Pristine chords materialize in slow-motion, conjuring a decadent piano melody in their wake. Their existence isn’t synthesized, yet it isn’t quite real – at least not until Ferera Swan starts to sing. In the first few bars of her debut single “Second Time,” listeners sift through a plethora of sonic tones layered on top of each other, each one flush with color and acrylic percussive resonance. Swan’s vocals brush up against the tidal wave of sound growing beside her, her concentration unwavering, her focus unclouded by the glare of the instruments bearing down on her. We ascend a gritty hillside that gives way to a poignant chorus, and without warning we find ourselves in the center of a musical whirlpool intent on ripping us asunder and into the soul of its creator.
The percussion picks up a little as we continue into the second stanza, creating a bit of kindling with the blustery bassline, which has been artfully pressed towards the bottom of the mix. Rather than shaping the rhythm of the track altogether, the bass is adding an additional texture to the backend that makes the song feel well-rounded and complete. Even when a soaring synthetic melody is trying to flatten out the organically structured chorus, our attention is still squarely on Swan, who sings with a beautifully commanding confidence that is infectious and lighthearted. It’s a refreshing change from the gloom and doom that has populated the Top 40 as of late, and better yet, it isn’t self-righteous in its positivity.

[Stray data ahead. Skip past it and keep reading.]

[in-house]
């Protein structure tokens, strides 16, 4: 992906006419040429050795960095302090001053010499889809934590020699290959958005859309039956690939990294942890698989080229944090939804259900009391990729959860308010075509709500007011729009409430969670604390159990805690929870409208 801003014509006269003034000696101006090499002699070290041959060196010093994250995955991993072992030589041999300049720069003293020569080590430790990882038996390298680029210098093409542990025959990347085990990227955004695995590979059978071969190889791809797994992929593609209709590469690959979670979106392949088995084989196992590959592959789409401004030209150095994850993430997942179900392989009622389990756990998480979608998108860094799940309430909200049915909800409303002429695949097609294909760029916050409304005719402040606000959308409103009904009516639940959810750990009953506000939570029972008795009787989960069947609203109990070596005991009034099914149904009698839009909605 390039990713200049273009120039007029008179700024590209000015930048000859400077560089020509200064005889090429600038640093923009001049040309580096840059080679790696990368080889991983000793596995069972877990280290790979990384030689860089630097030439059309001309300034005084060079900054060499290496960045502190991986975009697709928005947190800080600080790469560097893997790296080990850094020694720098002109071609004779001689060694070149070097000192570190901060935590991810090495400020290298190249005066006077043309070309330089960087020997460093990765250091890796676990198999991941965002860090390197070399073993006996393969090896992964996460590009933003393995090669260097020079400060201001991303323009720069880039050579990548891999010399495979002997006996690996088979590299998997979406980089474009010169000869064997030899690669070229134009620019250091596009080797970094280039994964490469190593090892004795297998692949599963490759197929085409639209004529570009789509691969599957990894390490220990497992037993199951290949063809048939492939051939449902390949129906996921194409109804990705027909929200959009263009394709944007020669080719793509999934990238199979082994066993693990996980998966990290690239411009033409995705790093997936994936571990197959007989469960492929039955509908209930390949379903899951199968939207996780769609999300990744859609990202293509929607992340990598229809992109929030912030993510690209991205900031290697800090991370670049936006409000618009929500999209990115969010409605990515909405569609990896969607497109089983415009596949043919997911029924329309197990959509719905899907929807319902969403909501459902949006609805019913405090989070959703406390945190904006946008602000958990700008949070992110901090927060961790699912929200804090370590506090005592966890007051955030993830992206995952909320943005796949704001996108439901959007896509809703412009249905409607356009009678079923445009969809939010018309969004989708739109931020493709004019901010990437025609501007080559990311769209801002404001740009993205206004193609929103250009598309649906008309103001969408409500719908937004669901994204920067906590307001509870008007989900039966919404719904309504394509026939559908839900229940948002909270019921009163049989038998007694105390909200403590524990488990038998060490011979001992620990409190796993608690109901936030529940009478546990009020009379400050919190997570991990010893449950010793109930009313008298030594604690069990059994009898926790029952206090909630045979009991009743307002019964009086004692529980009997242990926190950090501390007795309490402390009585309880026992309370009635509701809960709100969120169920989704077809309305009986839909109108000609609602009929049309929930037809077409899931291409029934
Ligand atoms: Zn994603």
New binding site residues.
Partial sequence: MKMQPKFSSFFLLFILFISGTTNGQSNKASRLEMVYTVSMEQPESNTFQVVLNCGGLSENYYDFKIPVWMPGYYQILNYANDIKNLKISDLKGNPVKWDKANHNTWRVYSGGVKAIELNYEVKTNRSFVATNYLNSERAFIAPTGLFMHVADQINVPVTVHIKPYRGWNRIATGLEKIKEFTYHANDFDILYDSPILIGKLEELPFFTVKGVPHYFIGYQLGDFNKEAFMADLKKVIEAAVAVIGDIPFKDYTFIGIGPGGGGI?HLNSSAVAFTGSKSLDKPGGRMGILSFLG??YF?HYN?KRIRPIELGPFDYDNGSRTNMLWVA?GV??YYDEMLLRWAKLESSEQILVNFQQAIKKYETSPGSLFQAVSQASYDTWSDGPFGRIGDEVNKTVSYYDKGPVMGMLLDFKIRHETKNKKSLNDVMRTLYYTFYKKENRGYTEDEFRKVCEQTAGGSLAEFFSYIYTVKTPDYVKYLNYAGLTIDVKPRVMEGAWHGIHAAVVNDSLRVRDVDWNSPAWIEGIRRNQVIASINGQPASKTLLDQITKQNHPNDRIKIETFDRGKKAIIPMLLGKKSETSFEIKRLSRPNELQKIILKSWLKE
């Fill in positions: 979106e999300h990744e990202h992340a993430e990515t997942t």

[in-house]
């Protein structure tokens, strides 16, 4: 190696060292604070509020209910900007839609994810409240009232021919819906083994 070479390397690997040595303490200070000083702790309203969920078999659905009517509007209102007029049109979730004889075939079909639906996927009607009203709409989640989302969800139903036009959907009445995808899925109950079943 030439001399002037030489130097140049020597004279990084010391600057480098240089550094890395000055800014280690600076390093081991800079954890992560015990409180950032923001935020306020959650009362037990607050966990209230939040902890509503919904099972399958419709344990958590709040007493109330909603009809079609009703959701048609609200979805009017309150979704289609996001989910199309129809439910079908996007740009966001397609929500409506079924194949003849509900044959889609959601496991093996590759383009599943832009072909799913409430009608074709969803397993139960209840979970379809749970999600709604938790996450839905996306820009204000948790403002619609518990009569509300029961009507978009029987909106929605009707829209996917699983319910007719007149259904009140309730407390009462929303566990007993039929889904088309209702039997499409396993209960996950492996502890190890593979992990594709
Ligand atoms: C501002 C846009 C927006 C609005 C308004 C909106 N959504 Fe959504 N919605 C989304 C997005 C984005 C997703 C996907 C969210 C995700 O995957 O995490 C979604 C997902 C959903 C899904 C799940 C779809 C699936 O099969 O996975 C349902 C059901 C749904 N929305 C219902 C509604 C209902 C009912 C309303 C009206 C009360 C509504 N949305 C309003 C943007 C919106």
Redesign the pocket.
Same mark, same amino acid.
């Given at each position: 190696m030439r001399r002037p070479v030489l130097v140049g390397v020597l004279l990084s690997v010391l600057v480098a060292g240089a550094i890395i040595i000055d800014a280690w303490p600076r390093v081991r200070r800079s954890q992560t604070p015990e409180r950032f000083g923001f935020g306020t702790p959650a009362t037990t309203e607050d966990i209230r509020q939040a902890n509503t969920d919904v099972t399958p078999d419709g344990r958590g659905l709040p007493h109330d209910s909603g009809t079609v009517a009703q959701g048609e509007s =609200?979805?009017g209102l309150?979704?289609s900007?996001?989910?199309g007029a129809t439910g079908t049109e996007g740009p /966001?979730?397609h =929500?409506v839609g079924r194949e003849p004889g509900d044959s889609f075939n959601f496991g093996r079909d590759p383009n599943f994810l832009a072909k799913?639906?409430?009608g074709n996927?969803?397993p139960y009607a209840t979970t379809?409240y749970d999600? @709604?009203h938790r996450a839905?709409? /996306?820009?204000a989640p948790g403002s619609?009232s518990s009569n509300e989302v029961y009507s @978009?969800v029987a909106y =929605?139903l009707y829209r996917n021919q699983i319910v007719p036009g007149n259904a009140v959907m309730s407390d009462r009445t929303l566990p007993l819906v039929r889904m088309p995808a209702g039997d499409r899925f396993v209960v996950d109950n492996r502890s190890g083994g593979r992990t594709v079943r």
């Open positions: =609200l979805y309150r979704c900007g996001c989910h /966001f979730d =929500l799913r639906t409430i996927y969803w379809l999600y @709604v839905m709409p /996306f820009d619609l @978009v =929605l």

As “Second Time” broaches its almost symphonic conclusion, all of the pent up tension and emotion is released in a single cathartic swoop, exploding in the form of a powerful instrumental breakdown. A tear-jerking spot of spoken word from Swan brings everything to a close with the shattering line; “There was always talk of wanting answers, and I never even really knew what that meant / But if there was anything I was looking for or needed to know, it was that… I was truly never forgotten.” With this, the music fades away, and while Swan has now sung her song and the instruments backing her have ceased to collide and harmonize together, the weight of her words has only just begun to sink in.
Pop music isn’t always effective at transmitting emotional, personal statements about our own humanity, but in the case of Ferera Swan’s “Second Time,” the barrier between artist and audience is completely and utterly absent. Swan decimates the most intimidating of harmonies in this song with her agile prose and provocative vocals, which rank among some of the most captivating I’ve heard this year. “Second Time” is a rare instance of pop taking itself seriously and yielding larger than life results that don’t ask much from the listener in exchange for a smorgasbord of tonality and passion. Expect great things out of this artist in the near future; for my money, this genre of music doesn’t get much more cutting lyrically and musically than it does here, and in an era woefully addicted to ego, it’s perhaps the shot of vitality steeped in selflessness that we need.